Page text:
UK: A £2·7bn vision to provide fast and frequent rail, tram, bus and road connections to the future HS2 East Midlands Hub station at Toton has been published by a partnership of councils, transport bodies and East Midlands Airport.
More than 20 villages, towns and cities across the East Midlands would have direct access to the HS2 station, including Leicester, Nottingham, Derby, Newark, Matlock, Mansfield and Long Eaton.
The business case for the proposals was funded by local partners and submitted to the Department for Transport in earlier this year. The findings will submitted as evidence to the National Infrastructure Commission’s Rail Needs Assessment, which will inform the government’s High Speed North Integrated Rail Plan to maximise the benefits of HS2 Phase 2b.
The vision is split into three phases, with the first earmarked for completion by 2030 in order to stimulate development before HS2 trains reach the East Midlands.
Phase Two could be up and running within 20 years, and Phase Three within 25 years.
The partnership is seeking an initial £4·5m from government to allow the first phase to be brought forward to the next stage of development, including the production of detailed project designs and costings.
|Phase||Scheme||Description||Estimated Cost*, £m|
|Phase One||1||NET tram extension: Toton Lane – East Midlands Hub – Innovation Campus – Long Eaton||115|
|2||New bus services: East Midlands Hub to Amber Valley, West Bridgford and Clifton||5|
|3||Bus Rapid Transit: East Midlands Hub – Pride Park – Derby railway station – Infinity Park – Derby city centre||85|
|4||Local highway access to East Midlands Hub: upgrade of A6005||15|
|5||Motorway junction upgrade: improvements to M1 J25||TBC+|
|6||Rail connectivity to East Midlands Hub (Trowell Curve)++: four services per hour from East Midlands Hub to Leicester, Nottingham and Derby, made possible by the building of the Trowell Curve||150|
|7||Rail connectivity to East Midlands Hub: new rail service to East Midlands Hub from Mansfield, Ilkeston and Langley Mill, enabled by reopening the Maid Marian Line to passenger traffic||85|
|Phase One total cost||455|
|Phase Two||8||NET tram extension: East Midlands Hub – Derby||375|
|9||New railway station at East Midlands Airport: connected to Midland Mainline serving from Derby Nottingham, Leicester and Mansfield as well as some intermediate HS2 East Midlands Hub and East Midlands Parkwaystations including||820|
|Phase Two total cost||1 200|
|Phase Three||10||New rail line from East Midlands Airport to Derby: via the South Derby Growth Zone and Rolls Royce site||620|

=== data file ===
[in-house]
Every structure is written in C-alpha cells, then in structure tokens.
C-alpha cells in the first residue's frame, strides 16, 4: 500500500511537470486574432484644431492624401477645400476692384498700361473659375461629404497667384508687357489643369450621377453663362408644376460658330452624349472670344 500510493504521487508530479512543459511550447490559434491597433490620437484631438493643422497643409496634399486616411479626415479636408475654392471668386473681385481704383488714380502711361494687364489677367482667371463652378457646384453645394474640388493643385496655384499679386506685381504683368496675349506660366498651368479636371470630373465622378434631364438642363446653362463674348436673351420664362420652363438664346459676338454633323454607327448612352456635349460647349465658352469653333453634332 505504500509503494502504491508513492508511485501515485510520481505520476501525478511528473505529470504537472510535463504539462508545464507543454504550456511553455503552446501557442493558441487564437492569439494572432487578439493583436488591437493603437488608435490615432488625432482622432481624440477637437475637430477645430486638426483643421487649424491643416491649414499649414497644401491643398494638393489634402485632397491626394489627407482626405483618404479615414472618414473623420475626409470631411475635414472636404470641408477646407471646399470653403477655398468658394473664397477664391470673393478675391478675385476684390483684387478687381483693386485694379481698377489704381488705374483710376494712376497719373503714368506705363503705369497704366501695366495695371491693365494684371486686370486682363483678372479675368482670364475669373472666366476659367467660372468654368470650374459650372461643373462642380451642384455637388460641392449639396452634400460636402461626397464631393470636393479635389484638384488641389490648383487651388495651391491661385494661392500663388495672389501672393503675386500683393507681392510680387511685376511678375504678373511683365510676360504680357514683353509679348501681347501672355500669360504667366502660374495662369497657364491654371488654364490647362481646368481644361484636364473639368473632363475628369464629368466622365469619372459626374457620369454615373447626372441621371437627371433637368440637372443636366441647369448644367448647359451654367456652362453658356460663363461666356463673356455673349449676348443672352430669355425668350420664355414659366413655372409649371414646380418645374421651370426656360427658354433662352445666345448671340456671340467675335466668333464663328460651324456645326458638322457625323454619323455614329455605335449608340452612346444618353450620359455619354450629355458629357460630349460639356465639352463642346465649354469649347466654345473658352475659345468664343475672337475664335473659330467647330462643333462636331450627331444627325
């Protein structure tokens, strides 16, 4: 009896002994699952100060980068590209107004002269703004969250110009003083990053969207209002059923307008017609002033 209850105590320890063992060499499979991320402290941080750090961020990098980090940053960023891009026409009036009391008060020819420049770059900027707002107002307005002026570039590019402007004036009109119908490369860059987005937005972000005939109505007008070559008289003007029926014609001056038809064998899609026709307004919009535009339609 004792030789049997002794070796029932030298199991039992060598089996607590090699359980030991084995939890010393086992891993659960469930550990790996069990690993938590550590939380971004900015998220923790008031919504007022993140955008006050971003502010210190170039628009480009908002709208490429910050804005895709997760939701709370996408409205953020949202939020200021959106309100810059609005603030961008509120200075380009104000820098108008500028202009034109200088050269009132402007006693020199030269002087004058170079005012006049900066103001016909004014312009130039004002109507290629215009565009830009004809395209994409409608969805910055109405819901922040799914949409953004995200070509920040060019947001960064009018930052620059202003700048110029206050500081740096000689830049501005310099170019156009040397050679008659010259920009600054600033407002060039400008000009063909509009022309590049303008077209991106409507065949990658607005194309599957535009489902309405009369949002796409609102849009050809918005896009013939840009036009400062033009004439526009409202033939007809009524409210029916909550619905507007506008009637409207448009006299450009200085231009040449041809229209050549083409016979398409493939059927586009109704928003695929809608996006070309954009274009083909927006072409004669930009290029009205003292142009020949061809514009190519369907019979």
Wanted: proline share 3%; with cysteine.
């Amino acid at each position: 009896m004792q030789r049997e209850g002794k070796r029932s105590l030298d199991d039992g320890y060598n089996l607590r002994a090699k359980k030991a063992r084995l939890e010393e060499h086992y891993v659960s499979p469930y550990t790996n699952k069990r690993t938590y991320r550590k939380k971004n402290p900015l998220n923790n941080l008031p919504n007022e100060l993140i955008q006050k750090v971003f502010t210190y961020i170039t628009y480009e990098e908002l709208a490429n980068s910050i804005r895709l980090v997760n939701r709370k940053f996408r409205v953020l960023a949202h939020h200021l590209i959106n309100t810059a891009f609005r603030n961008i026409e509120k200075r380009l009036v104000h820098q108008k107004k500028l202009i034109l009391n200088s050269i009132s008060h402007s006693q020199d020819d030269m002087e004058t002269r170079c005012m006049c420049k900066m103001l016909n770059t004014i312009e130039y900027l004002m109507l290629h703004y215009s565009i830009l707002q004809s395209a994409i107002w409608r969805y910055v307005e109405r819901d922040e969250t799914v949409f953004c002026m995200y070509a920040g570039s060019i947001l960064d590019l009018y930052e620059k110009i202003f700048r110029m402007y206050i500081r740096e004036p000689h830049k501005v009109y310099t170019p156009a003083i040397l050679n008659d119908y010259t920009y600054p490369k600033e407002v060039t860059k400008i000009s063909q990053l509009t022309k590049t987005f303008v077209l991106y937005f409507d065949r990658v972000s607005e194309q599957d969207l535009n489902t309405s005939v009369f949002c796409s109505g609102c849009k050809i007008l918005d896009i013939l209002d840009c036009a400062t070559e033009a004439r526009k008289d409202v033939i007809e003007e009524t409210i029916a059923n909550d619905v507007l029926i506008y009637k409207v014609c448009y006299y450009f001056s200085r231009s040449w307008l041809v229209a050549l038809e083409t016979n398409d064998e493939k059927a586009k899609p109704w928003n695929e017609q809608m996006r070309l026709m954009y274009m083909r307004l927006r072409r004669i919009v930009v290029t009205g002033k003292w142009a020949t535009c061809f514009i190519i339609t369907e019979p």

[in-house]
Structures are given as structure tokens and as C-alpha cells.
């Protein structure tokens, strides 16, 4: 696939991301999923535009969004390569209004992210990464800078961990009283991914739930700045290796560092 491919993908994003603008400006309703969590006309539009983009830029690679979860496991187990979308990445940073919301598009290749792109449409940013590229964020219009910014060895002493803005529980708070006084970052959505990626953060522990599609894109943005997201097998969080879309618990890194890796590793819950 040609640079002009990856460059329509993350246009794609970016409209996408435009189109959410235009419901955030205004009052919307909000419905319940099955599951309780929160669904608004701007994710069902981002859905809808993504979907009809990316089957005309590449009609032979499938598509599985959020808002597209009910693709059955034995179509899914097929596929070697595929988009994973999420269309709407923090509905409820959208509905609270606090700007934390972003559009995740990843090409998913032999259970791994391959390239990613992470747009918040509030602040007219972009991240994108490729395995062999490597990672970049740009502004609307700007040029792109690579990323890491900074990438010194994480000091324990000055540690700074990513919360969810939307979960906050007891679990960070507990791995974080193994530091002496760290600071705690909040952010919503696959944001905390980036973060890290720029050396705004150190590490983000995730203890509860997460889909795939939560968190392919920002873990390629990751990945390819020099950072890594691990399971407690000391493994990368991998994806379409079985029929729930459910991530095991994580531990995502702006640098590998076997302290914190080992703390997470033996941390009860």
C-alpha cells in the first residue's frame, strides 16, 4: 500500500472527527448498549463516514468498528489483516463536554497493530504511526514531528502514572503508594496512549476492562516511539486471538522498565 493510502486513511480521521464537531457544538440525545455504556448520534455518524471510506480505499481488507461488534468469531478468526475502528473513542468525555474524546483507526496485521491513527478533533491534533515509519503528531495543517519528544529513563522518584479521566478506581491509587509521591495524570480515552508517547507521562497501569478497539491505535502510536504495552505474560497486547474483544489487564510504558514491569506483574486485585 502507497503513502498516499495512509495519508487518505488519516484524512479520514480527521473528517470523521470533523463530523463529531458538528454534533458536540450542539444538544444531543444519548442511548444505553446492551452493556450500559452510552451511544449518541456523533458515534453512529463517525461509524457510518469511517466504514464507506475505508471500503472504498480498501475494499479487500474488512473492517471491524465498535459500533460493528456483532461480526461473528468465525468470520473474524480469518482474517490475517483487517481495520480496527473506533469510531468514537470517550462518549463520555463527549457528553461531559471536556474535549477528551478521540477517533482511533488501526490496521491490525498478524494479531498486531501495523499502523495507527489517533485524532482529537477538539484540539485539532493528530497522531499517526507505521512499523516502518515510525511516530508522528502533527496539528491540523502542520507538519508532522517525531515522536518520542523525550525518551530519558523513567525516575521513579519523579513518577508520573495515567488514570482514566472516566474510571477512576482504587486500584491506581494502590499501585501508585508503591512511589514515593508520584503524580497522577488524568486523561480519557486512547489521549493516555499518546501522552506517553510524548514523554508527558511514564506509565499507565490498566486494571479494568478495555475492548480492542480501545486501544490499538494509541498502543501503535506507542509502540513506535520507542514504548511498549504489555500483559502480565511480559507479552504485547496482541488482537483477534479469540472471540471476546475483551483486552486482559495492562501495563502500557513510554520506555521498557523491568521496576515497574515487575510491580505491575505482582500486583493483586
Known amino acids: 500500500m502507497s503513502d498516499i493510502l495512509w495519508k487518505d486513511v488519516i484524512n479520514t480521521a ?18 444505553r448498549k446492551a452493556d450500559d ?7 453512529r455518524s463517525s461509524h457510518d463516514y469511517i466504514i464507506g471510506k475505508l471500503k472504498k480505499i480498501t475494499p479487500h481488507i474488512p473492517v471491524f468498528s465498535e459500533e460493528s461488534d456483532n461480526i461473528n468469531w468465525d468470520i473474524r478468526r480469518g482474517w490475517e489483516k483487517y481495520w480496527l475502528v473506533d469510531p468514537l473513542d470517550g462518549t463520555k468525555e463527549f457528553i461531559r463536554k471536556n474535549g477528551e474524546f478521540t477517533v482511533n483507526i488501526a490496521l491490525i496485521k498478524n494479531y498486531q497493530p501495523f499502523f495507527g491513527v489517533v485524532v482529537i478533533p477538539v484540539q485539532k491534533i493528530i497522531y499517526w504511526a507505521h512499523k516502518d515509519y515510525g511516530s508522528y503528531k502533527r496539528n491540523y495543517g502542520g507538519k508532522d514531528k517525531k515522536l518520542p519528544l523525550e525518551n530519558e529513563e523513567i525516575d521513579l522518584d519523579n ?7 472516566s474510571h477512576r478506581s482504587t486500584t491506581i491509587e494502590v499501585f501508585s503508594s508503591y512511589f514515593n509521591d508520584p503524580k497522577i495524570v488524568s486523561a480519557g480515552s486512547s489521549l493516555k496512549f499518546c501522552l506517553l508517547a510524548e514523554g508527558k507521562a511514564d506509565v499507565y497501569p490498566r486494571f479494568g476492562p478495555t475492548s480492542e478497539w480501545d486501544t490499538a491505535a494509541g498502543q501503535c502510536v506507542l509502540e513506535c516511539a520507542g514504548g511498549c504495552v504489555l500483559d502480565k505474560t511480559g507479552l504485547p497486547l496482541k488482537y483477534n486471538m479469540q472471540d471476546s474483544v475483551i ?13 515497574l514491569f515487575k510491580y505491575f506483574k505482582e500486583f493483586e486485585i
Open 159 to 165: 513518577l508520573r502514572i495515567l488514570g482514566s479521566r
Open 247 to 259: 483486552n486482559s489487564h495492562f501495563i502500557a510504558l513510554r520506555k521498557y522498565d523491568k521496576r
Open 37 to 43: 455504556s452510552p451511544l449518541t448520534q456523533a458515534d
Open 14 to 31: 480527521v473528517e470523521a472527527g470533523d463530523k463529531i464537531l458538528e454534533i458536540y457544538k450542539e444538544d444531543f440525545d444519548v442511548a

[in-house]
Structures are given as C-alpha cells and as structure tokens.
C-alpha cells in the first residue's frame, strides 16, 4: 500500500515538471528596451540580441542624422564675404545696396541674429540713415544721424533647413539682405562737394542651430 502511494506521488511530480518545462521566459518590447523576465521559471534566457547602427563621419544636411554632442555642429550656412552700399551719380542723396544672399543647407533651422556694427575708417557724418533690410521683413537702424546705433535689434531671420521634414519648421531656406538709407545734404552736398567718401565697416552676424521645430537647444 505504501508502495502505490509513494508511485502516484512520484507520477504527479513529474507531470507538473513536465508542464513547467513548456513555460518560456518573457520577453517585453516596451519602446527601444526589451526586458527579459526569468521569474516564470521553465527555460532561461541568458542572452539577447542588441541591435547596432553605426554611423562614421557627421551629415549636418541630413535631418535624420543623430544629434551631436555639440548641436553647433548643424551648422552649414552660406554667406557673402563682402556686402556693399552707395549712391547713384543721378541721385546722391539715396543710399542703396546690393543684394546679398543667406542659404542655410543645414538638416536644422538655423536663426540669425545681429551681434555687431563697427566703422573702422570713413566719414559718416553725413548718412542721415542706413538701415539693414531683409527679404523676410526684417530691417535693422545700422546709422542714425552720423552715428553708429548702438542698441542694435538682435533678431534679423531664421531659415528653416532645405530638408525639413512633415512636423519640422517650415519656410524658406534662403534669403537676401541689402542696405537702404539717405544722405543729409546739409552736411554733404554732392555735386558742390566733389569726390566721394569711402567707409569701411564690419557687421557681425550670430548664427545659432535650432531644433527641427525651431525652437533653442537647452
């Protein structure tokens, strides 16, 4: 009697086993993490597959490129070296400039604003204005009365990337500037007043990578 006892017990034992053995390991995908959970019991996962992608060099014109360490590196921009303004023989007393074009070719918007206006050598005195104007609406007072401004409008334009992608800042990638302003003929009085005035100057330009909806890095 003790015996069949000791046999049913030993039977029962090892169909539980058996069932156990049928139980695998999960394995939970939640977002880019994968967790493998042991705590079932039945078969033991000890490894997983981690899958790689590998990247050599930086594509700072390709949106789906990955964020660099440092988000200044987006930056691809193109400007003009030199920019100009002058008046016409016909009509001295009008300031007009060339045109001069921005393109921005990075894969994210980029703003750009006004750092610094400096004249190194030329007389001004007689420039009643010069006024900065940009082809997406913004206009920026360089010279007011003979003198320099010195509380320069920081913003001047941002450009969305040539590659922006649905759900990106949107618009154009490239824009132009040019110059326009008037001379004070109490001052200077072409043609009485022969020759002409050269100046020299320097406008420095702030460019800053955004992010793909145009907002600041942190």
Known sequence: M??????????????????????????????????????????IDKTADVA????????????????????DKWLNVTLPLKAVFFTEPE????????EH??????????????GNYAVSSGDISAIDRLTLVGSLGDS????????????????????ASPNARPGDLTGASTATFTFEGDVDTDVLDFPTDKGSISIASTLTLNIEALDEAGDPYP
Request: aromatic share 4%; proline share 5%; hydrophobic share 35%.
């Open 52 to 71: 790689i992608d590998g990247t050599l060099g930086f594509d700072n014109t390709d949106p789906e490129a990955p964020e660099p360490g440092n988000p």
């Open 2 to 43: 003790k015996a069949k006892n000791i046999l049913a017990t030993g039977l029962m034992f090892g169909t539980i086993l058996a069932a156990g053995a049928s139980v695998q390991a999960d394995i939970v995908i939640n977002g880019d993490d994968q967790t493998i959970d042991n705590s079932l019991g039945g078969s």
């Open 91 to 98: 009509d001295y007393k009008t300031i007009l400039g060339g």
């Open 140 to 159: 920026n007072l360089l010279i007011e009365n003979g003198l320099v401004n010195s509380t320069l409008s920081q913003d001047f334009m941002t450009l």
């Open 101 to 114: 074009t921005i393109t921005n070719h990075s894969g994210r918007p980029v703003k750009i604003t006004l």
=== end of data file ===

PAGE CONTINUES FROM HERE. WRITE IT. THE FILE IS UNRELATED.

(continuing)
|11||NET tram extension: Long Eaton – Housing Development Sites – Ratcliffe Power Station – East Midlands Gateway||430|
|Phase Three total cost||1 050|
|Overall cost||2 700|
|*Estimated costs have been calculated using 2018 prices, including the addition of a 66% ‘optimism bias’ designed to cover rising costs and additional construction risk over the lifetime of the project. These costs will be further refined as the project moves into its next stages of development.|
|+Highways England to work with Midlands Connect and other partners to bring forward these improvements.|
|++Scheme being brought forward by Midlands Connect as part of its Midlands Engine Rail proposals.|
’The improvements span traditional rail, light railway, bus, rapid transit, conventional bus and route enhancements, and are all designed to deliver benefits to local people sooner’, said Sir John Peace, Chairman of Midlands Connect and Midlands Engine, during a virtual event to launch the plan on May 28.
‘It’s not all about passengers’, added Peace. ‘The UK’s five busiest freight paths run through the Midlands and this plan creates more capacity on our rail network. A successful future economy relies on moving more freight by rail. Frankly the East Midlands needs and deserves a reliable, regular and environmentally friendly transport network. Investing in infrastructure such as this is essential if we’re to meet our climate targets and reduce carbon emissions.’
Director of Policy & Infrastructure for East Midlands Councils and senior policy advisor to Midlands Connect Andrew Pritchard said the three phase approach has a business case of ‘four to one, which means that actually, for every pound invested, that we get four pounds back in terms of economic benefits, and those are just the narrow transport user benefits. We haven’t looked at wider economic benefits like land value, uplift, or issues to do with job growth.’
Asked by Rail Business UK about the possibility public transport usage changing significantly after Covid-19, with more home working and different work patterns, director of sub-national transport body Midlands Connect Maria Machancoses said the plan was ‘embracing a much wider and that broader agenda’ and ‘people ultimately will still want to make informed decisions about how they want to connect with each other and with other towns and cities, how they want to access leisure and jobs, but they will want to do it in a sustainable way.’
Climate change ‘will still be a top priority’, Machancoses said, and ‘we are after all humans and we do like to still socialise and meet and do business with each other.’
Pritchard added that ‘many people can’t work from home and there are lots of things we can only do when we are working more closely together. We also hope and expect the economy will continue to grow after the pandemic; we will have more jobs and more people in work and therefore we need to have a transport system with more capacity and this is what this plan gives us.’